Trip to capital opens eyes to domestic traveling

Of all of the places I could go in the world, I never thought that one of the coolest cities I could visit would be here – well, not here exactly, but in this country.

This summer I got the opportunity to go to a couple of areas outside of Erie, but one of the coolest places I visited was our nation’s capital: Washington, D.C.

Before this trip, I had only been to D.C. once and I was in the city for less than 24 hours before I had to leave.  So of course while I stayed there, I had to go see all of the basic tourist attractions that most people see in history books and on “National Treasure.”

Although I didn’t plan anything crazy like stealing the Declaration of Independence, I still had a fantastic time sightseeing and visiting different museums. Even though I packed as much as I could into the weekend, I did not get to see everything that was on my list and I definitely want to go back.

Also, I recommend that if anyone ever gets the chance to go to D.C., even if it’s only for a day, to take it.

Visiting the city definitely opened my mind to U.S. history. It’s one thing to read about the Declaration of Independence and the Constitution, but it’s a completely different experience getting to see them.

Unfortunately, light can damage these old documents, so no one can take pictures. Also, again, since the documents are so old, reading them is pretty fruitless unless you go on a day where other tourists aren’t pushing to the front of the crowd trying to see it – good luck planning that.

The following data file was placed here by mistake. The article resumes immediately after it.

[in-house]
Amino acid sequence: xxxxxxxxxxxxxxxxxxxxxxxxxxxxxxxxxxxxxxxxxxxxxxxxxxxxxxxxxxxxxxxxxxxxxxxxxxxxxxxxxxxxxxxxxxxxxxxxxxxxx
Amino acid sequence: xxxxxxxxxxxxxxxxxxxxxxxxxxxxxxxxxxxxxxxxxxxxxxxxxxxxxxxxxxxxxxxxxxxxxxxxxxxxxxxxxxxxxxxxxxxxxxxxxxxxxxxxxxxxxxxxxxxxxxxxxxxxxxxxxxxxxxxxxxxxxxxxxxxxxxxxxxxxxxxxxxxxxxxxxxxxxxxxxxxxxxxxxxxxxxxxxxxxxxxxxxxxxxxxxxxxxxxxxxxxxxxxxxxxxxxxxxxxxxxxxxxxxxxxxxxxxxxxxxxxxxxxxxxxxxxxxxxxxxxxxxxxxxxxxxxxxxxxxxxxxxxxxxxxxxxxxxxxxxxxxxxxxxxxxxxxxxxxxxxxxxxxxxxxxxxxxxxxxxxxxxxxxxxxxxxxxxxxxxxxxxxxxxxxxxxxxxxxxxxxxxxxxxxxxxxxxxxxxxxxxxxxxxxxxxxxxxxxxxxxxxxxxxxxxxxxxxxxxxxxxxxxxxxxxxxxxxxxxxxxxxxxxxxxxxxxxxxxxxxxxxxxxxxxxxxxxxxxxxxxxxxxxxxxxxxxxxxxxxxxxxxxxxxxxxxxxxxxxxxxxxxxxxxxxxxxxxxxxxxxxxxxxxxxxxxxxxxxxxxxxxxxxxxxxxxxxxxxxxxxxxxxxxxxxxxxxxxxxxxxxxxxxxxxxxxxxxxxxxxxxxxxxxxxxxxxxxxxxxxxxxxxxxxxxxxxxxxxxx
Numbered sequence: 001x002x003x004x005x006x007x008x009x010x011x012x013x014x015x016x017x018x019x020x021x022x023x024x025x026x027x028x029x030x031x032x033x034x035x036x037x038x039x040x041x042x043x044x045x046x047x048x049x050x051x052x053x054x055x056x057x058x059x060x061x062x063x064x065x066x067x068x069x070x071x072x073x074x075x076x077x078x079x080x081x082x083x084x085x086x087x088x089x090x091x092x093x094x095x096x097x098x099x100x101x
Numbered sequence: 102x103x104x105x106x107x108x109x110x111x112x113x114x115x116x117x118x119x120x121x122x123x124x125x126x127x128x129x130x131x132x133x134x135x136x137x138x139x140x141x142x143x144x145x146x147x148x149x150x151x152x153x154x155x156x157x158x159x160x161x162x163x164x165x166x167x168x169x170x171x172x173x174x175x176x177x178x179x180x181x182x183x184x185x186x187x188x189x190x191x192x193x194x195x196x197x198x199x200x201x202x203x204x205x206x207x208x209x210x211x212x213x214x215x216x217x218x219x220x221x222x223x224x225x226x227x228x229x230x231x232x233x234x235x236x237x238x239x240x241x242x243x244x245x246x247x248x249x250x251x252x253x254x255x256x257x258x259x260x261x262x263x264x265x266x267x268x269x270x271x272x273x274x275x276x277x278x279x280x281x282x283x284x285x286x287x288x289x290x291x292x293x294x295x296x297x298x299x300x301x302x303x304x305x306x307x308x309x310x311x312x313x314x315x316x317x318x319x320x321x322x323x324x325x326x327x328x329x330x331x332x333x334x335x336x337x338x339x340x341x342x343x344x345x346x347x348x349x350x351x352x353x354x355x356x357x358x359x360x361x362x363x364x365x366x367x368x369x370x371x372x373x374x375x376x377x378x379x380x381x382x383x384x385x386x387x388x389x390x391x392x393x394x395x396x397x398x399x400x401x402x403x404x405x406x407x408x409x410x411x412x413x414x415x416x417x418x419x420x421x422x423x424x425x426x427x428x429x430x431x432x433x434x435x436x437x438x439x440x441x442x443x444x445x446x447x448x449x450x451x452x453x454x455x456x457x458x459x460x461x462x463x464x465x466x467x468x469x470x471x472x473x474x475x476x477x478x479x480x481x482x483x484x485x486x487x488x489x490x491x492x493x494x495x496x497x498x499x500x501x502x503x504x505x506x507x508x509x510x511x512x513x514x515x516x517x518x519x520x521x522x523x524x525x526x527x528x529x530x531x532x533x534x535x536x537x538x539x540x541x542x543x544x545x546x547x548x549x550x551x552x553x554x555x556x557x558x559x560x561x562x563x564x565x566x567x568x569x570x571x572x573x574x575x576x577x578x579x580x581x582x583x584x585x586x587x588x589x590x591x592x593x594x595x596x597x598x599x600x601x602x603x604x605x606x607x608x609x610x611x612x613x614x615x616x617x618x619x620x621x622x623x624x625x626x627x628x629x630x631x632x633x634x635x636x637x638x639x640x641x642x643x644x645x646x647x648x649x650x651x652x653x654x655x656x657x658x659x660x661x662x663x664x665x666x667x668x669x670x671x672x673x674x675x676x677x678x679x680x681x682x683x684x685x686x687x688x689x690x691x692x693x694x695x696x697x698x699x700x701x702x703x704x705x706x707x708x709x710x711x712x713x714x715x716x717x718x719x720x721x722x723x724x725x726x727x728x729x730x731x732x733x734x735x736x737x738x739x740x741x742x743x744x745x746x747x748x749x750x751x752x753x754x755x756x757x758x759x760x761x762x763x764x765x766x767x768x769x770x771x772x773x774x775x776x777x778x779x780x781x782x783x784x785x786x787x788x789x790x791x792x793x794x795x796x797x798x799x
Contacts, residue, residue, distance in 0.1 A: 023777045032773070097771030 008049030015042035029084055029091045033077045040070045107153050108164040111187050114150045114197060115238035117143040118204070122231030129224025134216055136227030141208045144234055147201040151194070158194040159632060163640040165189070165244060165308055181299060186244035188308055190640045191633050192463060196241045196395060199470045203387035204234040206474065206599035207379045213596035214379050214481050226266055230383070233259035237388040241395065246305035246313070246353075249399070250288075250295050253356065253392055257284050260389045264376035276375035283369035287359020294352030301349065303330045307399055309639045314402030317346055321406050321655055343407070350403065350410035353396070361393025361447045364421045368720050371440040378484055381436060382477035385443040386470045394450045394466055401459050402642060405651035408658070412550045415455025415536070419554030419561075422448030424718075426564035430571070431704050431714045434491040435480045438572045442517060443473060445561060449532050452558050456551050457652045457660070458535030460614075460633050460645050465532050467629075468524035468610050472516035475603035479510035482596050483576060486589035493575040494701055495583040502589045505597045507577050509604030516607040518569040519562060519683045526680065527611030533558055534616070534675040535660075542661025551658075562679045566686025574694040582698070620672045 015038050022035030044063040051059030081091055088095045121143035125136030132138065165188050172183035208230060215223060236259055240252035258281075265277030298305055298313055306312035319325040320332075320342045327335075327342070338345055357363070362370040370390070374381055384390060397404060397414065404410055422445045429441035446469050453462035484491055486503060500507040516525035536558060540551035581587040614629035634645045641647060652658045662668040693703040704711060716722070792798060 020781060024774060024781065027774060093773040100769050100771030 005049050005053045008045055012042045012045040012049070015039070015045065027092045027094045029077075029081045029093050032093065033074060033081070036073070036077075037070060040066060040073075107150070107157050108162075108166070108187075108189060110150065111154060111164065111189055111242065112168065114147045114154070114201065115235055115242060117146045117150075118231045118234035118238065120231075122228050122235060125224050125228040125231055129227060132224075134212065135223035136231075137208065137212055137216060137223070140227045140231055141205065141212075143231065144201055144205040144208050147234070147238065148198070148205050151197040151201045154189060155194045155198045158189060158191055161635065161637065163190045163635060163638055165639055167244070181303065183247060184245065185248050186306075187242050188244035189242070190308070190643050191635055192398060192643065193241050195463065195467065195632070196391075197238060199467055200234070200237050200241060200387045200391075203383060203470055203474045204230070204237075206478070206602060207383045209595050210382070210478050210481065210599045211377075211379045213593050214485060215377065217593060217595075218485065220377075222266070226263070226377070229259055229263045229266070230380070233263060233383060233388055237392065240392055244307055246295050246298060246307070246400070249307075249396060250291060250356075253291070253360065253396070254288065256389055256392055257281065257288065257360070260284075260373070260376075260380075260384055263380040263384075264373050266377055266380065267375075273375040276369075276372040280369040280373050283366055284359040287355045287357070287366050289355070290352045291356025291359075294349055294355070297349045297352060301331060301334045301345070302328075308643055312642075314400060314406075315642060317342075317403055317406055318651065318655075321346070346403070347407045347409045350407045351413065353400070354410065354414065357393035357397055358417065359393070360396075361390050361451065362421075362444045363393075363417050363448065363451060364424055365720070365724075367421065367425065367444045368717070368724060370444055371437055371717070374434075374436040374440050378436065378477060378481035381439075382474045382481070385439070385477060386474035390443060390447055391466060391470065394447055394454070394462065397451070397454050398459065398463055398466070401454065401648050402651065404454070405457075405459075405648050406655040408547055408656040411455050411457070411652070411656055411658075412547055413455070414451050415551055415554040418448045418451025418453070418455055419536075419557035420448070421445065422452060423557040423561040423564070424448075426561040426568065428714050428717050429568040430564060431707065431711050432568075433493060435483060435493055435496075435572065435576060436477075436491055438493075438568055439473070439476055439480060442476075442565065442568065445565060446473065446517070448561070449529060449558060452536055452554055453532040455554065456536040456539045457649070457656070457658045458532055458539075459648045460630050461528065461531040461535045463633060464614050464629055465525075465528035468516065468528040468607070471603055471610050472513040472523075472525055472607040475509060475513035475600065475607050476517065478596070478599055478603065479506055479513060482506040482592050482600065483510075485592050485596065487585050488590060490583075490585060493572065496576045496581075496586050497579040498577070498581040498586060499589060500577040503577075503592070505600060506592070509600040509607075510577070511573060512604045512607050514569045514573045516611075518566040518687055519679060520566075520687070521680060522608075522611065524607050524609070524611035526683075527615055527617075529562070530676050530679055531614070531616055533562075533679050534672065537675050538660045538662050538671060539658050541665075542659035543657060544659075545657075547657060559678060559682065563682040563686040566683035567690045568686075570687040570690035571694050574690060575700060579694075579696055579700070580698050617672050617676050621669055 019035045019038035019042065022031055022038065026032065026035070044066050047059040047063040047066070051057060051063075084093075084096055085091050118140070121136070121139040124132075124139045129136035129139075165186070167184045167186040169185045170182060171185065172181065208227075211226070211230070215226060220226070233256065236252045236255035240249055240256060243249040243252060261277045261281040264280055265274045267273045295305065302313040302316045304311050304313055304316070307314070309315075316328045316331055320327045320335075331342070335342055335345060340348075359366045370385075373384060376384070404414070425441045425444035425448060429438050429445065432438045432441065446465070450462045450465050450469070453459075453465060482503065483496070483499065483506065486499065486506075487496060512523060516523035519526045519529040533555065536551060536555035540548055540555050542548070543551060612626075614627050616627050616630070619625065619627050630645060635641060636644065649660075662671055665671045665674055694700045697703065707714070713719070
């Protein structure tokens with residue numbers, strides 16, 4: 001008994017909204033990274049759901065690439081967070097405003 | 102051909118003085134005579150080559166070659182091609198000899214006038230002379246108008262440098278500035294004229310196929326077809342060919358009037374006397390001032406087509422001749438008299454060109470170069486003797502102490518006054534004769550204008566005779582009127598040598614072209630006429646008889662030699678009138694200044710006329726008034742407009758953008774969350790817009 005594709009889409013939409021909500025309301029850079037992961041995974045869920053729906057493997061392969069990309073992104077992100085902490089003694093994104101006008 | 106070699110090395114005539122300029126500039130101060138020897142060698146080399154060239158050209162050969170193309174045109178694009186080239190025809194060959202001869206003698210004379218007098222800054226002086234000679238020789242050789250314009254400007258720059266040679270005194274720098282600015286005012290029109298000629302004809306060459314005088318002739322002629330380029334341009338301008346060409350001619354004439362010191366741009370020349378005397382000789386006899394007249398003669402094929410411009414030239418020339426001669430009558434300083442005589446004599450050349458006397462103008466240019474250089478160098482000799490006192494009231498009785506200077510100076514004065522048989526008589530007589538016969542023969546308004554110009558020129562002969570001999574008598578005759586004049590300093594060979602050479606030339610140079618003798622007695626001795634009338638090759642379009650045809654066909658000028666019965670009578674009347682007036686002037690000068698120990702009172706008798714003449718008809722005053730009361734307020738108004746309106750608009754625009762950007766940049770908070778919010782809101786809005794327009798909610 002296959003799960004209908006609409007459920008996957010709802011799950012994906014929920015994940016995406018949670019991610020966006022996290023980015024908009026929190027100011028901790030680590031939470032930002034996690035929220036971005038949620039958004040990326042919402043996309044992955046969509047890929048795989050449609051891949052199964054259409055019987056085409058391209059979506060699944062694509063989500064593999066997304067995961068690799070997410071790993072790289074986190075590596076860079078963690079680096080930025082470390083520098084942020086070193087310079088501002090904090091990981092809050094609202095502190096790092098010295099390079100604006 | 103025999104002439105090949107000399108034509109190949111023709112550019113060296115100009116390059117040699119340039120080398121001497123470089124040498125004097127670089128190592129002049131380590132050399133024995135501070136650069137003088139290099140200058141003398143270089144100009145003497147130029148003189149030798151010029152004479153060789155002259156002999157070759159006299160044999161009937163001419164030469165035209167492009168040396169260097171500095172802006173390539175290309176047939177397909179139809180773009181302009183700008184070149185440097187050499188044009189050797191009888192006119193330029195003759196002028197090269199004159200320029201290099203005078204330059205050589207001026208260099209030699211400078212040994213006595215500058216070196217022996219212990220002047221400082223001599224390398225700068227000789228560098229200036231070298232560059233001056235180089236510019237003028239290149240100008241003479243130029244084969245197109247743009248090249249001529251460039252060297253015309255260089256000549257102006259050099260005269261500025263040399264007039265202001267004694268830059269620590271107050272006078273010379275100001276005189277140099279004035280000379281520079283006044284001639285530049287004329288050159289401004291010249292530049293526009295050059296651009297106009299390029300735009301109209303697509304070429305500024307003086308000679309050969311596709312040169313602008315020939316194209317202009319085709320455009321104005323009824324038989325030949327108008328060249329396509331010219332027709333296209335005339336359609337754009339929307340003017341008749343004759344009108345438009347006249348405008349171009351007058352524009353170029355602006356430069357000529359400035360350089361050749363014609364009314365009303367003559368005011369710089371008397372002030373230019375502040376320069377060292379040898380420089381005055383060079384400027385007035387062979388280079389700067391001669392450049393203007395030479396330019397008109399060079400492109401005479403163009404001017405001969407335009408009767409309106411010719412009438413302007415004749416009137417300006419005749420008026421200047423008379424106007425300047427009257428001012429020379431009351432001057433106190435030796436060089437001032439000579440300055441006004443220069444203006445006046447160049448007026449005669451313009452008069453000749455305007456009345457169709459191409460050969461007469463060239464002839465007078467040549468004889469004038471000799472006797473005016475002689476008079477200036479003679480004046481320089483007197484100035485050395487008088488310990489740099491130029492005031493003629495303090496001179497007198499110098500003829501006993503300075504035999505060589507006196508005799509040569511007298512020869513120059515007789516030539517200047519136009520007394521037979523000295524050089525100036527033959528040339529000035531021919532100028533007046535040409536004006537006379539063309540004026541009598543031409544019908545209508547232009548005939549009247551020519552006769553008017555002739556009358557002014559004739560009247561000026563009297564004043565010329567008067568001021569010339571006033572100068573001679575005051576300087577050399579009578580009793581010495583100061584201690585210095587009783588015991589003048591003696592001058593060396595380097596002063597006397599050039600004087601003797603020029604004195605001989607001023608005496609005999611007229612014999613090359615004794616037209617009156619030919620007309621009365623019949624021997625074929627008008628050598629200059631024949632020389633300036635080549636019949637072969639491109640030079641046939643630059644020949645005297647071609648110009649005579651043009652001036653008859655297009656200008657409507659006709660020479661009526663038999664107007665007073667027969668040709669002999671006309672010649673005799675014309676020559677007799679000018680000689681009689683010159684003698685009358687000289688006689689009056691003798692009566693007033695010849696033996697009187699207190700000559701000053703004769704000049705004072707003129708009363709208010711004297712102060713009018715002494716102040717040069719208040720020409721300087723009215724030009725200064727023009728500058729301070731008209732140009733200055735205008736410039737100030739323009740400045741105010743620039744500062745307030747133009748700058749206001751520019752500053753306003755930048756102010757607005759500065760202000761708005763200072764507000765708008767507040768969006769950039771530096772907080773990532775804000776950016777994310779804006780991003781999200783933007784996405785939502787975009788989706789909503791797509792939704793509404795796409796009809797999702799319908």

Seeing these historical documents, the sky-high monuments and the museums that hold floors upon floors of history just makes everything seem so real – more real than sitting in the most upbeat class.

I have read that D.C. is home to more than 200 museums and have heard that one could easily spend a day in every one of them. Putting that into perspective, if someone went to the city every weekend and spent it seeing two museums – one for each day – it would take them almost two years to see everything.

That’s not to mention that most of the museums have rotating exhibits and I’m leaving out the monuments and the White House – if you want to tour that, you need to reserve it at least six months in advance.

I guess the point of this is to say that the city might not be at the top of your travel destinations, but it definitely should be. I went down there with the intention of visiting some friends and seeing a couple of museums and I ended up trying to see everything.

I would like to go back at least once to try to see some of the things I missed and re-see some of the places with new exhibits every month. Maybe if I ever become the type of person who plans vacations a year in advance I’ll get to see the White House.

Until then, I guess can settle for one of the other 300 sights.

 

 

KHADIJA DJELLOULI

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